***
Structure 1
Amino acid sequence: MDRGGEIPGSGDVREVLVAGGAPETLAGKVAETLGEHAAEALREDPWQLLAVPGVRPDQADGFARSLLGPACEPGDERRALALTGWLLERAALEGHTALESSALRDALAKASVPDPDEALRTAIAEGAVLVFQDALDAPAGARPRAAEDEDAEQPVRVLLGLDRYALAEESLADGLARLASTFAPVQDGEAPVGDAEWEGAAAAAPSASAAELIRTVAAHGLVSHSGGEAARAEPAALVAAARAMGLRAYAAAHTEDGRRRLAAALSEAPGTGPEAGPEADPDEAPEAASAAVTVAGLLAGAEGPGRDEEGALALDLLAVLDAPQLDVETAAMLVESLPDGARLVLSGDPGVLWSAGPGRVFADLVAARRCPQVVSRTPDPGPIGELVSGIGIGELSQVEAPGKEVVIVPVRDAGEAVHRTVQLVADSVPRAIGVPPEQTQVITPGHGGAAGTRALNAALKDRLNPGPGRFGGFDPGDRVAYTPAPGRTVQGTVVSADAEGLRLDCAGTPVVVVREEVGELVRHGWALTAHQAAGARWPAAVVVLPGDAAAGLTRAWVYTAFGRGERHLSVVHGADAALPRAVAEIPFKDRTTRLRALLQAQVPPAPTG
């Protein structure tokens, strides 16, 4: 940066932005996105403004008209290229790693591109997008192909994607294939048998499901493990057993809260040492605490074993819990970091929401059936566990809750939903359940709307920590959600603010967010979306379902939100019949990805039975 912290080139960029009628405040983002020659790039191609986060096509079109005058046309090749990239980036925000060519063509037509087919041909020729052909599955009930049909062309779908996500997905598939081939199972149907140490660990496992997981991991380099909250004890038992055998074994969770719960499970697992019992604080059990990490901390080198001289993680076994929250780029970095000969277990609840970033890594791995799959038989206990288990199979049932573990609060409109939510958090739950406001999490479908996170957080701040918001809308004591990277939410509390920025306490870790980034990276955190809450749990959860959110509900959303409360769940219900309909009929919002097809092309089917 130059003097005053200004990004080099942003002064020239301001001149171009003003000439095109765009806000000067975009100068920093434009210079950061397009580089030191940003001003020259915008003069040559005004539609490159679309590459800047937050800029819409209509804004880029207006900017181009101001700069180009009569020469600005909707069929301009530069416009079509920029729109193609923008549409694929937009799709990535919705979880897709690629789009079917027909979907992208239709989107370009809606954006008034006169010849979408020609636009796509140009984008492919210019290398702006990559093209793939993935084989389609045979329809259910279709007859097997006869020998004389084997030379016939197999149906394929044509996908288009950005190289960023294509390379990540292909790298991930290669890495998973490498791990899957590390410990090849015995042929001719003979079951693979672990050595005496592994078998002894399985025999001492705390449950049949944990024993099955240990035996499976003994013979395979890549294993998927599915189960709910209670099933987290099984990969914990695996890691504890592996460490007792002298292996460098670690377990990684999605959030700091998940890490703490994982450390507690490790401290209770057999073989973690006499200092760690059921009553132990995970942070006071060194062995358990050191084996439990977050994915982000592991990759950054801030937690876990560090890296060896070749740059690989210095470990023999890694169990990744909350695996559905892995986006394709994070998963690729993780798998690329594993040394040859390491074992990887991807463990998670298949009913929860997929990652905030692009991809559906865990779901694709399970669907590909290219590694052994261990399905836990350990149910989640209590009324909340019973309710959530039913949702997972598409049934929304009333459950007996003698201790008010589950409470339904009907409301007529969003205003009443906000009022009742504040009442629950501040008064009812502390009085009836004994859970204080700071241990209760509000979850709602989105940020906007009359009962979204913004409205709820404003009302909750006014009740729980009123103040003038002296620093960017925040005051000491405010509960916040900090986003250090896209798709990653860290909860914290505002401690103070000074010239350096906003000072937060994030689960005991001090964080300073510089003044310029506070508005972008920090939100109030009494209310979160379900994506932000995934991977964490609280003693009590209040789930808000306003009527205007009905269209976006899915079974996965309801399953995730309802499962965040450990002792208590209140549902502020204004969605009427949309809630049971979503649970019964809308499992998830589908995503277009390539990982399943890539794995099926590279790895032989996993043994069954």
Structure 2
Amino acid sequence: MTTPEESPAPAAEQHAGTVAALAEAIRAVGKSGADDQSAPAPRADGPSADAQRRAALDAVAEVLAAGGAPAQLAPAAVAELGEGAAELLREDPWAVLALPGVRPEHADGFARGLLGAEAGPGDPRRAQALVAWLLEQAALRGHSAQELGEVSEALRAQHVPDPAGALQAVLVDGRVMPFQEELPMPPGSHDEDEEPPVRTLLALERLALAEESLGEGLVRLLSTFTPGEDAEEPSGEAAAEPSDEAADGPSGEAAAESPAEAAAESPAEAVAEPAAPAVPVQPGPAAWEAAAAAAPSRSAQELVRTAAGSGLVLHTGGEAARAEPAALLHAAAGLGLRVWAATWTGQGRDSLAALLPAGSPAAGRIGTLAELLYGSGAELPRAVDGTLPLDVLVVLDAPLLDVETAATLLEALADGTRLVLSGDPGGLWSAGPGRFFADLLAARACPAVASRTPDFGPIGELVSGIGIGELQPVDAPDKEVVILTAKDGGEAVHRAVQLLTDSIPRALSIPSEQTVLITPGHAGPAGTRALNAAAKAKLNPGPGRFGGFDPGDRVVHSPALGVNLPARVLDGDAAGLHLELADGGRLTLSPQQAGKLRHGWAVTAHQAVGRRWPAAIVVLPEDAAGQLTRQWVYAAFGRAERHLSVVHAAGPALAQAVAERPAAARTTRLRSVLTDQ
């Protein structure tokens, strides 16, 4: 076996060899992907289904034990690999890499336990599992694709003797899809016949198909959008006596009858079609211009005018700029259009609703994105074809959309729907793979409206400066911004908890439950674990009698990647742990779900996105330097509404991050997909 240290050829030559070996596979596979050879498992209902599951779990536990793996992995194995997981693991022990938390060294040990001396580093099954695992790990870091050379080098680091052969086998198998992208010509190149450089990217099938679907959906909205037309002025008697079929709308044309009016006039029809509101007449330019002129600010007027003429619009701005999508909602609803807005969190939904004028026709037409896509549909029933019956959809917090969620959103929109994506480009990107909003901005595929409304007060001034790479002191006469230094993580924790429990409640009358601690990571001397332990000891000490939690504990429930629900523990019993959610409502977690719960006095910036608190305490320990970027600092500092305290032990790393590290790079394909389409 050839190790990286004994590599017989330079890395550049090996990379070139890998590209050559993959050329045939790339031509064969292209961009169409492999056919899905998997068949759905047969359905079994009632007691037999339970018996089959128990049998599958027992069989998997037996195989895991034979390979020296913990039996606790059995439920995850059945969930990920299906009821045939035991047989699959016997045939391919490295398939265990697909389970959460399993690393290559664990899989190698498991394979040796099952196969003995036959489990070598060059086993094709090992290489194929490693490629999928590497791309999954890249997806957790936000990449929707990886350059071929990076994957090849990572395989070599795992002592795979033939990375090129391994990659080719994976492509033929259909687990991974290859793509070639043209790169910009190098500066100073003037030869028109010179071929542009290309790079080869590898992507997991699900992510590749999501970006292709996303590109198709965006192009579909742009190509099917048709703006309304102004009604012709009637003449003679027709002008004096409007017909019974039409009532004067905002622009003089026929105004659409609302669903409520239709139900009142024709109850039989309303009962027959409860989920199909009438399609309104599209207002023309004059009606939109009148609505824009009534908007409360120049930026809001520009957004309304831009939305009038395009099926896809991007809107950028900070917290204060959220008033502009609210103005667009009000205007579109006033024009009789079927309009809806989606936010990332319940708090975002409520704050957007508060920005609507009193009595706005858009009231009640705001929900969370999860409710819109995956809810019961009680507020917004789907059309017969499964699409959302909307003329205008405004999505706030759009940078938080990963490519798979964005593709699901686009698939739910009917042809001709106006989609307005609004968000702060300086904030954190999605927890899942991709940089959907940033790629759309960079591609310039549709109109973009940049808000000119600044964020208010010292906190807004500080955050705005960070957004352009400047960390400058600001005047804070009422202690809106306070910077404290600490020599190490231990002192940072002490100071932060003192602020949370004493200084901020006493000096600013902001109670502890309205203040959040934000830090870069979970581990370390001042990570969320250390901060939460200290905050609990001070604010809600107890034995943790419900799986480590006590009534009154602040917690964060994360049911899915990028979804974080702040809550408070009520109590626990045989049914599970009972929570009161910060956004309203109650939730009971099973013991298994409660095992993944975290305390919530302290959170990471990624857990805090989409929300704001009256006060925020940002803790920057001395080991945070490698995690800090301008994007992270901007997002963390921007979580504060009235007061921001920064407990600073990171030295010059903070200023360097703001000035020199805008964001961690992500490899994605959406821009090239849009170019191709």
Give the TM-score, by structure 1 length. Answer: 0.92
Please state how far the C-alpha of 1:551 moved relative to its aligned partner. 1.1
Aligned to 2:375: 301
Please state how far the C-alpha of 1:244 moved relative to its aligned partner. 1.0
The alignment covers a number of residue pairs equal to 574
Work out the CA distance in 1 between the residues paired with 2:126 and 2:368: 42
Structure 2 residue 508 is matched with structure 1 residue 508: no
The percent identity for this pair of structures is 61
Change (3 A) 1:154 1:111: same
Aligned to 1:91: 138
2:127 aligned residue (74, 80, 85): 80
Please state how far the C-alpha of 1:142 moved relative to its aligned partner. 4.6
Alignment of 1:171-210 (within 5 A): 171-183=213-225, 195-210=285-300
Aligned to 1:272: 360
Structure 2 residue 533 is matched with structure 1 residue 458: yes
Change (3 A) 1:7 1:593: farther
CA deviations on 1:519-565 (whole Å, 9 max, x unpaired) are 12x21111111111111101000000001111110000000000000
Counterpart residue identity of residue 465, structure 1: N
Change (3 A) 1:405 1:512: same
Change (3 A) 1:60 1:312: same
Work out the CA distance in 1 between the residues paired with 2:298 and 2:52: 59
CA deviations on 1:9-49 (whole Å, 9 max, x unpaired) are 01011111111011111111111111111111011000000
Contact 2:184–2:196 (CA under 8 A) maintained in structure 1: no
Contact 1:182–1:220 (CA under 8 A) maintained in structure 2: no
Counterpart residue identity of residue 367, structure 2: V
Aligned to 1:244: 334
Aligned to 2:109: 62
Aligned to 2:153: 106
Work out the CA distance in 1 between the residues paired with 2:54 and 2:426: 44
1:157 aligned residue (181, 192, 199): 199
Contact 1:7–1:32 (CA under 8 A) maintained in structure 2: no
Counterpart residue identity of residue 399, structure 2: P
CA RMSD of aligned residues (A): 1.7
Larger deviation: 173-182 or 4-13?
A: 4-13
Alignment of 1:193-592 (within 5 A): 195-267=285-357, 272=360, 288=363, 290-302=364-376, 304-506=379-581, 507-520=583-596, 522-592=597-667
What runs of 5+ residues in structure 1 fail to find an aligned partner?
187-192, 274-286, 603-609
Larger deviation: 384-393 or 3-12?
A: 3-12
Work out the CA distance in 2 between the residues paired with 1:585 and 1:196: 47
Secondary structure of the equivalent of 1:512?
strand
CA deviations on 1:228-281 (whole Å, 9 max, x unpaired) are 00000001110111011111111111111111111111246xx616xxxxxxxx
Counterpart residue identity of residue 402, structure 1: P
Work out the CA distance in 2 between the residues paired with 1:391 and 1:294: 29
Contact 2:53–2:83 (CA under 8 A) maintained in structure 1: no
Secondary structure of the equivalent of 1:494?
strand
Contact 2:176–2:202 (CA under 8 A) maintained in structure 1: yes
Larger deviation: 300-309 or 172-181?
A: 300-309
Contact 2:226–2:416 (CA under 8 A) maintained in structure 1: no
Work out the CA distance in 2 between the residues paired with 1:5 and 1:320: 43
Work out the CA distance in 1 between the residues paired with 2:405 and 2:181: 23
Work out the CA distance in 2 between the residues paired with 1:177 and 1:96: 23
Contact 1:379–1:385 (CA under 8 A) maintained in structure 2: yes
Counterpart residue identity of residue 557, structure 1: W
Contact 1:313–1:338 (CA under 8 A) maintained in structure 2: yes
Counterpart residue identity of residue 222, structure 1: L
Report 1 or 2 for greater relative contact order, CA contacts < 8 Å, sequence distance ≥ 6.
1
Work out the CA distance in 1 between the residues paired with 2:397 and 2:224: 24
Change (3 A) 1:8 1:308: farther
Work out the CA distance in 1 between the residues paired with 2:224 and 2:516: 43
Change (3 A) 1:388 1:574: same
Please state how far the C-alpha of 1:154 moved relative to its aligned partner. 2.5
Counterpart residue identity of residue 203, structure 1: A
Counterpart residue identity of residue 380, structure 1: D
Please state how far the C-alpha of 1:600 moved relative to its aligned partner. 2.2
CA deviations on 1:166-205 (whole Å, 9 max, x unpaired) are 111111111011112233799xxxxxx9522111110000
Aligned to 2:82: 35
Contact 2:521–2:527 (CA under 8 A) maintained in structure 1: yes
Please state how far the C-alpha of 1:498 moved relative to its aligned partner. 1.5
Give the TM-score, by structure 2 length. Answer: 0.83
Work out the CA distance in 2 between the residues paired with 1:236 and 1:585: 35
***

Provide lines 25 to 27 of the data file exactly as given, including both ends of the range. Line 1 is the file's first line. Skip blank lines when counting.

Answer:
Change (3 A) 1:405 1:512: same
Change (3 A) 1:60 1:312: same
Work out the CA distance in 1 between the residues paired with 2:298 and 2:52: 59